You don't need to be there to know what's on the record.

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    Quote Originally Posted by loulou View Post
    In the US do they read Miranda Rights wehn they arrest you, or also whenever they question you?
    Knox was questioned before being arrested.
    Technically, Miranda Rights are read when someone is "held" or taken into custody and before any questioning begins. If an individual responds to questions asked informally, that's not usually considered a situation in which Miranda Rights must be given before questioning or at all. However, there can always be arguments that Miranda Rights should have been given in informal situations and any information obtained without a Miranda warning can be deemed inadmissible. The question of duress can come into play -- whether or not an individual felt they could leave, whether or not they felt trapped or in danger. The argument basically turns on whether or not the individual was making a statement of their own free will without any undue pressure. That's why spontaneous statements/confessions (before Miranda Rights are read) are often admitted into evidence. It's always good practice for a law enforcement officer to advise an individual of their Miranda Rights because it helps to eliminate the possibility that any statements will be excluded.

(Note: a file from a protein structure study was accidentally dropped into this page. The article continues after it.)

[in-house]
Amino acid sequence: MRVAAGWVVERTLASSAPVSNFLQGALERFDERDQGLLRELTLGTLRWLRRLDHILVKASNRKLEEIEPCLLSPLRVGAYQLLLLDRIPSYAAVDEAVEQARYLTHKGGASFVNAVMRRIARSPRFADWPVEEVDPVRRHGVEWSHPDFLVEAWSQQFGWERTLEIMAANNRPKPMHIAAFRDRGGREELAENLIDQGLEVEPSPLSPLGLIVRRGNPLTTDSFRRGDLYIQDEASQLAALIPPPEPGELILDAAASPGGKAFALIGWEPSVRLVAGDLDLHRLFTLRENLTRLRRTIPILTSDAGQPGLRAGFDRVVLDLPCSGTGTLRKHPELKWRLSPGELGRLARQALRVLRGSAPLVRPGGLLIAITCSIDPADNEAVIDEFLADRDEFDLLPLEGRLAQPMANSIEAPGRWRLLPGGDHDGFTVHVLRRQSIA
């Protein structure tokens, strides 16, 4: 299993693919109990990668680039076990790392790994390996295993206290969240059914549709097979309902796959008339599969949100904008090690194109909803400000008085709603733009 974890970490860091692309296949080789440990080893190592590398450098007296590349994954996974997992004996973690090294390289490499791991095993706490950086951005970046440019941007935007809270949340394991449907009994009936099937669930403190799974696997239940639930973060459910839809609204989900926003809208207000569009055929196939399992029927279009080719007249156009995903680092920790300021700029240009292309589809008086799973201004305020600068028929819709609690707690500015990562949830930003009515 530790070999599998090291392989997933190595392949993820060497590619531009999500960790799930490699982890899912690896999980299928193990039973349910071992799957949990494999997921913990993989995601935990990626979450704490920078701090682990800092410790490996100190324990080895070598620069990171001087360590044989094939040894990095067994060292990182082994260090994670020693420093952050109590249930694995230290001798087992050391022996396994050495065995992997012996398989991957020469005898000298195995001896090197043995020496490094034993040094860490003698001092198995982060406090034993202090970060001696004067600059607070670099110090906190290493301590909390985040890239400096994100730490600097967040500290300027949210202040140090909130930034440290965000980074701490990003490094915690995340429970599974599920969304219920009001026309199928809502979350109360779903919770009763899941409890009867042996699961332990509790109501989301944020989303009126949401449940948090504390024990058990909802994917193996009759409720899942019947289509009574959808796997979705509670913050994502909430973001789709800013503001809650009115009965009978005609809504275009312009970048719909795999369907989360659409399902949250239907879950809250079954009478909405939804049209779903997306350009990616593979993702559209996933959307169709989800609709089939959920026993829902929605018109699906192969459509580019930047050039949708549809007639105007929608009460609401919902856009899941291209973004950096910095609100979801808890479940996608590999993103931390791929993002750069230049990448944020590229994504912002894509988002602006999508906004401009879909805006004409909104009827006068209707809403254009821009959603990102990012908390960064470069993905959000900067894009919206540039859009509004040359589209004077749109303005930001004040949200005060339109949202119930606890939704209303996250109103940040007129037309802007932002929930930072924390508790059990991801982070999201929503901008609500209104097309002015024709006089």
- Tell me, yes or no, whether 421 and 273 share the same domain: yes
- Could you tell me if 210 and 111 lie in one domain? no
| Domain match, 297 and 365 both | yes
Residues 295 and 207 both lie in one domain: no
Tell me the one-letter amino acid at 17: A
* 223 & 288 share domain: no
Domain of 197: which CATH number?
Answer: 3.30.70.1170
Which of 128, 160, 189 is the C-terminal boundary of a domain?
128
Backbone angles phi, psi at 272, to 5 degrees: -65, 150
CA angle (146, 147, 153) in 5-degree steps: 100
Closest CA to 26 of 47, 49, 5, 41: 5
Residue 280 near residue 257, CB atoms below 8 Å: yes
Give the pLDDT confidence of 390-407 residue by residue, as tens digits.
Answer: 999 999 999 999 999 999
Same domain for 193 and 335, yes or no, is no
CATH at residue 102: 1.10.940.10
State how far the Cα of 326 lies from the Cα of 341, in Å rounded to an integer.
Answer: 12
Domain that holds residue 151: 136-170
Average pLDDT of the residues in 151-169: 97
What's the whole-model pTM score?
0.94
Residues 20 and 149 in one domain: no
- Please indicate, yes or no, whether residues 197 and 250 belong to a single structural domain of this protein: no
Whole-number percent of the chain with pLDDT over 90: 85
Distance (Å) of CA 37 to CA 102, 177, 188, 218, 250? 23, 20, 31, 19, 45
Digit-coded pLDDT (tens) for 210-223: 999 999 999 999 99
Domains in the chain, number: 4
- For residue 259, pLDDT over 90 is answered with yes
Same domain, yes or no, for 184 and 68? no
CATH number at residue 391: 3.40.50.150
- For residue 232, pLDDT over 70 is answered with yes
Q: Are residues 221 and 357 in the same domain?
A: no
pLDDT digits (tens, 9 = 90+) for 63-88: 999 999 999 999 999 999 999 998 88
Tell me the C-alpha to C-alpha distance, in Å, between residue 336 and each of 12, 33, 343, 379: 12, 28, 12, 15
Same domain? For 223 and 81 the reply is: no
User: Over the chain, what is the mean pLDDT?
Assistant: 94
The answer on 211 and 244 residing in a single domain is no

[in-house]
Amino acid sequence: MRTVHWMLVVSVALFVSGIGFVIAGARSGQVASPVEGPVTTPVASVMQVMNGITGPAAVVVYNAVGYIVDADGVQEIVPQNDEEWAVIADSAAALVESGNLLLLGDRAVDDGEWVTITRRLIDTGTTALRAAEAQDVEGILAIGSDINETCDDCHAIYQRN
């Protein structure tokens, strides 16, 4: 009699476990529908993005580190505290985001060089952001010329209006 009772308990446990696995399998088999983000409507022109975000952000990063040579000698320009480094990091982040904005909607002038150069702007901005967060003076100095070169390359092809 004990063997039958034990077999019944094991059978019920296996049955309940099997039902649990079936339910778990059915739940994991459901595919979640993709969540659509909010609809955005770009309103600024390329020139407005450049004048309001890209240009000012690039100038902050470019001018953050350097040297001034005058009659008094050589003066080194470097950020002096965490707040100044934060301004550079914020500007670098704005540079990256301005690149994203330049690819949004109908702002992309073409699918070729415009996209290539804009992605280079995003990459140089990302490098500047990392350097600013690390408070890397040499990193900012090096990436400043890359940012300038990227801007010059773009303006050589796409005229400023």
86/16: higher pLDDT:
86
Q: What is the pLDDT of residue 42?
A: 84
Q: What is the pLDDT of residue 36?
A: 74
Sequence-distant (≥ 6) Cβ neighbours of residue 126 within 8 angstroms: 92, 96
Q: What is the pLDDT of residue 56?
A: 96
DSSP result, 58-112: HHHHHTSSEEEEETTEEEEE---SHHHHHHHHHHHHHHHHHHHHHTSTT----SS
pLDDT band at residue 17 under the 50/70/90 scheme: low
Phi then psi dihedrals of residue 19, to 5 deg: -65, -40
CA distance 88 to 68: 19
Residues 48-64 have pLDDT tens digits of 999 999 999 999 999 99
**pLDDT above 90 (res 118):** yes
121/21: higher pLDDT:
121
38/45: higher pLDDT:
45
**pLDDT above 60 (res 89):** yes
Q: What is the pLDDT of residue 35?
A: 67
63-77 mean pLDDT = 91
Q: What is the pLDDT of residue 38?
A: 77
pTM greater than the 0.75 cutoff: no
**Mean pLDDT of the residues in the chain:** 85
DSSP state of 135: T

O-

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    From my understanding, Olivia is correct. Miranda Rights are read at the time of arrest; the time of being charged. If someone is read the Miranda Rights at home, and then taken into custody for questioning, Miranda Rights aren't read again, but the person is usually reminded that his rights have been read (tho I don't think the police are required to give a reminder). At any time during questioning, if a lawyer is requested, questioning must immediately end.

    If a person is simply suspected of a crime but never charged, and asked to come in for questioning, Miranda Rights are not read. A person who isn't charged can always refuse to be questioned, or end questioning at any time. It is often after being informally asked questions that a person is then charged, because he/she has said something contrary to what the police already know is fact.

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    However, as Olivia alluded to, there have been cases where evidence has not been admitted to the court because a person was being 'held' and not informed of their rights, but they made a statement under duress, and it was ruled in these cases they should have had their rights read to them.

    If a person is being questioned as a suspect, police are supposed to inform them of that and read them their rights.

    Spontaneous confessions are generally admitted, and incriminating things said during informal questioning when someone is not a suspect, but if a police is questioning someone in the same manner they would if they were arrested, they will usually have that evidence not admitted- you can't get around the laws by saying "but we hadn't arrested him yet". A judge isn't going to allow that.